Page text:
Ex Machina writer/director Alex Garland brings us this sci-fi film about a team of scientists exploring a dangerous landscape known as Area X — except, breaking away from the norm for this type of story, all these scientists are women, including Natalie Portman, Jennifer Jason Leigh, Creed actress Tessa Thompson, and Jane The Virgin star Gina Rodriguez. (Guatemalan-born actor Oscar Isaac also co-stars.)
2. Battle Of The Sexes
Emma Stone just won her first Oscar this past weekend, but she's already warming up for Round 2 as she stars in this film about the famous 1973 tennis match between Billie Jean King (Stone) and Bobby Riggs (played by Steve Carell). The film was written by Simon Beaufoy (Slumdog Millionaire) and directed by the husband/wife team Jonathan Dayton and Valerie Faris, who also brought us Little Miss Sunshine.
3. Beach Rats
This queer film about a Brooklyn teenager on a journey of sexual discovery debuted at January's Sundance Film Festival to rave reviews, and was written and directed by budding female filmmaker Eliza Hittman.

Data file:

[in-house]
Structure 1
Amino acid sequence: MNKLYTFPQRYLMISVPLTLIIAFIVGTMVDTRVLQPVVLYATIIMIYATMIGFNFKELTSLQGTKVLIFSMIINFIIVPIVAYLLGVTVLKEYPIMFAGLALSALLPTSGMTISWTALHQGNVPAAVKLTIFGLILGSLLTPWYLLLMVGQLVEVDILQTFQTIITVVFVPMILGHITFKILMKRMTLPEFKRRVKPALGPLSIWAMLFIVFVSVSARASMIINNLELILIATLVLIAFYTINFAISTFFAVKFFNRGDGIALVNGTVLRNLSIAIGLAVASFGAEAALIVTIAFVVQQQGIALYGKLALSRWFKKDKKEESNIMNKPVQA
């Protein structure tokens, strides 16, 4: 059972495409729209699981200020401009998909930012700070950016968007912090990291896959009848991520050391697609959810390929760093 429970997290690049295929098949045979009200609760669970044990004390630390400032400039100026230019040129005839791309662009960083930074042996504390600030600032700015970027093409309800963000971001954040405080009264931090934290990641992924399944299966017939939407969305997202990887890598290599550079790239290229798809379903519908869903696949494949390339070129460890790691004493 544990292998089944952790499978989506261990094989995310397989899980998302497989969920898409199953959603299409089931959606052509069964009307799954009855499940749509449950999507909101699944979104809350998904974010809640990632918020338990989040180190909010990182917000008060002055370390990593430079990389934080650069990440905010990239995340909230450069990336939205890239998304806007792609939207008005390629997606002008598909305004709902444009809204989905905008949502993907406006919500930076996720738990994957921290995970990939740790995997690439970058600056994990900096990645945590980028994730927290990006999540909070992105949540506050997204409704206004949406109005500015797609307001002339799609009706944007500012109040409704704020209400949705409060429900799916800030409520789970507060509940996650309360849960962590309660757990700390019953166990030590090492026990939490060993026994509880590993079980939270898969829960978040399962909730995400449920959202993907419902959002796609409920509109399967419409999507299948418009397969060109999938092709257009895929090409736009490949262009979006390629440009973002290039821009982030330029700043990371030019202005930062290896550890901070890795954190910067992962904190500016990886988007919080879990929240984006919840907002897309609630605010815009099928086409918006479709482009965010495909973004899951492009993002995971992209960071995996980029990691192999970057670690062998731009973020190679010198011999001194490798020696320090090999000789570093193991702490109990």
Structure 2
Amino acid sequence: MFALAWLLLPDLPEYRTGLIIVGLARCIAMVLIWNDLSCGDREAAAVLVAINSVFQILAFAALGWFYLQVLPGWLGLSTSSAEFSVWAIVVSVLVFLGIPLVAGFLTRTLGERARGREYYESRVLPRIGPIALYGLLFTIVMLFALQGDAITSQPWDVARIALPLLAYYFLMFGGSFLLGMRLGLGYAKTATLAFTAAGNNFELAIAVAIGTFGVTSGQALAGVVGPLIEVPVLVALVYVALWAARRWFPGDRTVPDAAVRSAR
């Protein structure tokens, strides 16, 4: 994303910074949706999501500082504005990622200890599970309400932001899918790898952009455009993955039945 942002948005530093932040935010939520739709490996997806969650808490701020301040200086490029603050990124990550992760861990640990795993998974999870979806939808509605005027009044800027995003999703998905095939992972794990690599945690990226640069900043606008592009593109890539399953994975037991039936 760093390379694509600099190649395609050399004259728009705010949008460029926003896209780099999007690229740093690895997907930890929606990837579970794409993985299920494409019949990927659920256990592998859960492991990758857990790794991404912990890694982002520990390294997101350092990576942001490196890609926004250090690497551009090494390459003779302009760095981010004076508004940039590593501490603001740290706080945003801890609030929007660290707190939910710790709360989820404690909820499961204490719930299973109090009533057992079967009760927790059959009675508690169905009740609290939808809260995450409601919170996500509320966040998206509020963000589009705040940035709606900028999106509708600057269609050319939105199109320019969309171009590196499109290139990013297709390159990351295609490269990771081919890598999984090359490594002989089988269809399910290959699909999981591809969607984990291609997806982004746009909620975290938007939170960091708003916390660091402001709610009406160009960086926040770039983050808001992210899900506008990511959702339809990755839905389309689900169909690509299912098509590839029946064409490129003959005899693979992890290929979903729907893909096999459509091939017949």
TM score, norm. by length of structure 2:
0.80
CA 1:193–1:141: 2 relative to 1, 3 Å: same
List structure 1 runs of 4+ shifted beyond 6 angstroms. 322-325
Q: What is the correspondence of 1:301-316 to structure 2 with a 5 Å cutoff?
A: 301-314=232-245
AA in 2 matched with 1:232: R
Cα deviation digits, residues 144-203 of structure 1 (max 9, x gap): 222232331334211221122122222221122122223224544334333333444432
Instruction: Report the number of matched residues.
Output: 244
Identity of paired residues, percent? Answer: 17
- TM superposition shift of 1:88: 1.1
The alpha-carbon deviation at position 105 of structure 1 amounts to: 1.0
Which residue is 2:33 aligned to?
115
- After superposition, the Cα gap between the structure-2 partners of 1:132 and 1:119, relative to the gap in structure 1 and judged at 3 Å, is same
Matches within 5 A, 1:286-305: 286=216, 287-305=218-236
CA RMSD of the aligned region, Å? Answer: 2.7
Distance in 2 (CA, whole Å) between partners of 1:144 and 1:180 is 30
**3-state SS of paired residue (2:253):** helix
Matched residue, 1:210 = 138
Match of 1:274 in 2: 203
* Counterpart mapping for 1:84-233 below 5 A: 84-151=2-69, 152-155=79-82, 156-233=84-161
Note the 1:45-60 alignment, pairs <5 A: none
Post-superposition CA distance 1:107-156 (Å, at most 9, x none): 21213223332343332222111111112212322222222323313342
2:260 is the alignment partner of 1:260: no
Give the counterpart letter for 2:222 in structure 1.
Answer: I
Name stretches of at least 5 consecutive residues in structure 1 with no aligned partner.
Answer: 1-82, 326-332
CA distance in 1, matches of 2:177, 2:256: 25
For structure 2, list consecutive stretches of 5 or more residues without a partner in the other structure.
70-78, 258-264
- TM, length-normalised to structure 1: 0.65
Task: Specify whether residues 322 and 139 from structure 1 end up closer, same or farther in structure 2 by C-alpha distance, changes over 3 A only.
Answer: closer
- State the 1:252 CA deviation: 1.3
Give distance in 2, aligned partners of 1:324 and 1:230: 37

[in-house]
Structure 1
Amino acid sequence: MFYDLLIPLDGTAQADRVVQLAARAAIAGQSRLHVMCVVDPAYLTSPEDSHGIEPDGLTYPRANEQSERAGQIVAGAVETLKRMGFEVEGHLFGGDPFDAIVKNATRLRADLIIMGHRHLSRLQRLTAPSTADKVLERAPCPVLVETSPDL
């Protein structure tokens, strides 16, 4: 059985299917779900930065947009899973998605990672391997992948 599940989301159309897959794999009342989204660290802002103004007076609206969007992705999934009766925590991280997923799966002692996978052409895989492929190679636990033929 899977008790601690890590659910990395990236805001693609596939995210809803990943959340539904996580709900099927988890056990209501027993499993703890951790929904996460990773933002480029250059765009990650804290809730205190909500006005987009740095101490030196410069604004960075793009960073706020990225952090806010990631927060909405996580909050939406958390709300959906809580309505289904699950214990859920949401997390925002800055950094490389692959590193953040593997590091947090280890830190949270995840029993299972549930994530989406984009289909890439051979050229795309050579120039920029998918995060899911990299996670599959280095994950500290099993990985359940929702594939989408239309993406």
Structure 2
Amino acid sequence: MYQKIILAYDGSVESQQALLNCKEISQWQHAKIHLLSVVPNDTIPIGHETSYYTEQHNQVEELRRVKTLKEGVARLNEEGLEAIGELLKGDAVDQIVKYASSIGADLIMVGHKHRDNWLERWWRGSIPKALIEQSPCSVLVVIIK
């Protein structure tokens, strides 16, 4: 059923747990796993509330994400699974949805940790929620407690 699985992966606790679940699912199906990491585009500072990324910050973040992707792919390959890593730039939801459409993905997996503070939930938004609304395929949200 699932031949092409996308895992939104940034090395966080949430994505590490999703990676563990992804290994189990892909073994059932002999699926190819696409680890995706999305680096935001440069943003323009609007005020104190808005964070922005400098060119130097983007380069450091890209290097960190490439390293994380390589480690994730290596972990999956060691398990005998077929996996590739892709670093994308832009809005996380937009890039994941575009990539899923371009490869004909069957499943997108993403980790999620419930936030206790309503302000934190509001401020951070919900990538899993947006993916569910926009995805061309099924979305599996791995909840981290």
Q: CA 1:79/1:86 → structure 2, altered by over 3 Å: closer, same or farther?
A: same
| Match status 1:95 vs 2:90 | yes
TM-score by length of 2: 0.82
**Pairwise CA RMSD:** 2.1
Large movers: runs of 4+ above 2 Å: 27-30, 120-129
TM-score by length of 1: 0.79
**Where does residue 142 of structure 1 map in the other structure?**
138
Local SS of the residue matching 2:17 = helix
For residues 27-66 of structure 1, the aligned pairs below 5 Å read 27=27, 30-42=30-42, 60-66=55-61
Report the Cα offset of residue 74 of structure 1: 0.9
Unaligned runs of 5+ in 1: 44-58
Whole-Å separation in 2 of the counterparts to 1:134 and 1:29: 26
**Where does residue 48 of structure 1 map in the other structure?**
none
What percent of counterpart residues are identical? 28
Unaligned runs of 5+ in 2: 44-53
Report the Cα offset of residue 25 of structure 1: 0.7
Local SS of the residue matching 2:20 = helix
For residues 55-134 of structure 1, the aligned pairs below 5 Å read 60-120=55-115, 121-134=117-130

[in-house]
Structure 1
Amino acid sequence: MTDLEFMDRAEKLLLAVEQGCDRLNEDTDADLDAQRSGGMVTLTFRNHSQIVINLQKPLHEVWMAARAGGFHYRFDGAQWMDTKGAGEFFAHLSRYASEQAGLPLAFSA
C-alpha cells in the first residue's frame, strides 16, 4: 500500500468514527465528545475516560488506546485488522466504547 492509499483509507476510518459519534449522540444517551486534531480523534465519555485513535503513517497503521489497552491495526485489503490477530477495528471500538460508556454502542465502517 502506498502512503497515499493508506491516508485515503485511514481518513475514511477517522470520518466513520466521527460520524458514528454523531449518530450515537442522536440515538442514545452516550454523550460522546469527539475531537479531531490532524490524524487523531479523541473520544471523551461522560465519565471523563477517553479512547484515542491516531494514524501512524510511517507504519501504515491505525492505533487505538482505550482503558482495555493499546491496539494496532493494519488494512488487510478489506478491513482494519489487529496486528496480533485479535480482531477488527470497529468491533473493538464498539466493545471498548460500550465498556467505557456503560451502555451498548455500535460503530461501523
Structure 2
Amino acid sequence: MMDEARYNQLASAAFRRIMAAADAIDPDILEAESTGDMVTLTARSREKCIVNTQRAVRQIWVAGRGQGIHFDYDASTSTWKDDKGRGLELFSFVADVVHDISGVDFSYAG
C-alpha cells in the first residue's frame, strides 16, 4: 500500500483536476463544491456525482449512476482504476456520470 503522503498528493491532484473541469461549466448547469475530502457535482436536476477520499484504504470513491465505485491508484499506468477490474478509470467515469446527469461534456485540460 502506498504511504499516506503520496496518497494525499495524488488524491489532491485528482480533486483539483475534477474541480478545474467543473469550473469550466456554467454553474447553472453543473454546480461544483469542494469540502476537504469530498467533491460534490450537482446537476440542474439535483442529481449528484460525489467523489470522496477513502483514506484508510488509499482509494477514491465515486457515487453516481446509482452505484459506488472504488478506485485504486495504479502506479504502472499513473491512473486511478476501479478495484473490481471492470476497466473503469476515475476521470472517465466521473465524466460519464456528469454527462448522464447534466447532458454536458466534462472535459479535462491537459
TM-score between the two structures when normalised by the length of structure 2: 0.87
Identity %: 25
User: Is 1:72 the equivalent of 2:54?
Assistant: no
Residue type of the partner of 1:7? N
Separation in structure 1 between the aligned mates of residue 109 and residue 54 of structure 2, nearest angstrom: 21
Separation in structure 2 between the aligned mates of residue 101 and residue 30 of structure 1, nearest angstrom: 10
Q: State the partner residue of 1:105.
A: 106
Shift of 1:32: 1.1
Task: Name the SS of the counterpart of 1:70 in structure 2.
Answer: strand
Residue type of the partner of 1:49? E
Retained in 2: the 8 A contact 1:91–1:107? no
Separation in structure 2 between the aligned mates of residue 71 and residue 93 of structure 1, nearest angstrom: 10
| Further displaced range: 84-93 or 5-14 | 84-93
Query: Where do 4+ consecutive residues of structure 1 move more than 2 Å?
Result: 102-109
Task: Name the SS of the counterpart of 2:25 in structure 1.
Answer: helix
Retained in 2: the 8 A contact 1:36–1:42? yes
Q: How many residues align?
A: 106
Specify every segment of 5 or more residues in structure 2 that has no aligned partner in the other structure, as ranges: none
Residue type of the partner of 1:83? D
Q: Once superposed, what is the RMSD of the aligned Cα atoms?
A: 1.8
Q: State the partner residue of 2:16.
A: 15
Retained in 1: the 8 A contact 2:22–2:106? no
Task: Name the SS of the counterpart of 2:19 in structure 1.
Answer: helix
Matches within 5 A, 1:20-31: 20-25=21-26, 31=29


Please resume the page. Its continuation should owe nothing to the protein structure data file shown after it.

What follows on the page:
4. The Beguiled
Sofia Coppola, one of only four women ever nominated for Best Director (for 2003's Lost In Translation), bring us a remake of a 1971 Clint Eastwood movie that refocuses the events from the female characters' point-of-view, starring Nicole Kidman, Kirsten Dunst, Elle Fanning, and Colin Farrell.
5. Burning Sands
Like Beach Rats, this cautionary tale of hazing at a traditionally black college also premiered at Sundance last month. It features a female co-writer and a cast consisting entirely of African-American actors including Luke Cage's Alfre Woodard and Moonlight stand-out Trevante Rhodes.
6. Call Me By Your Name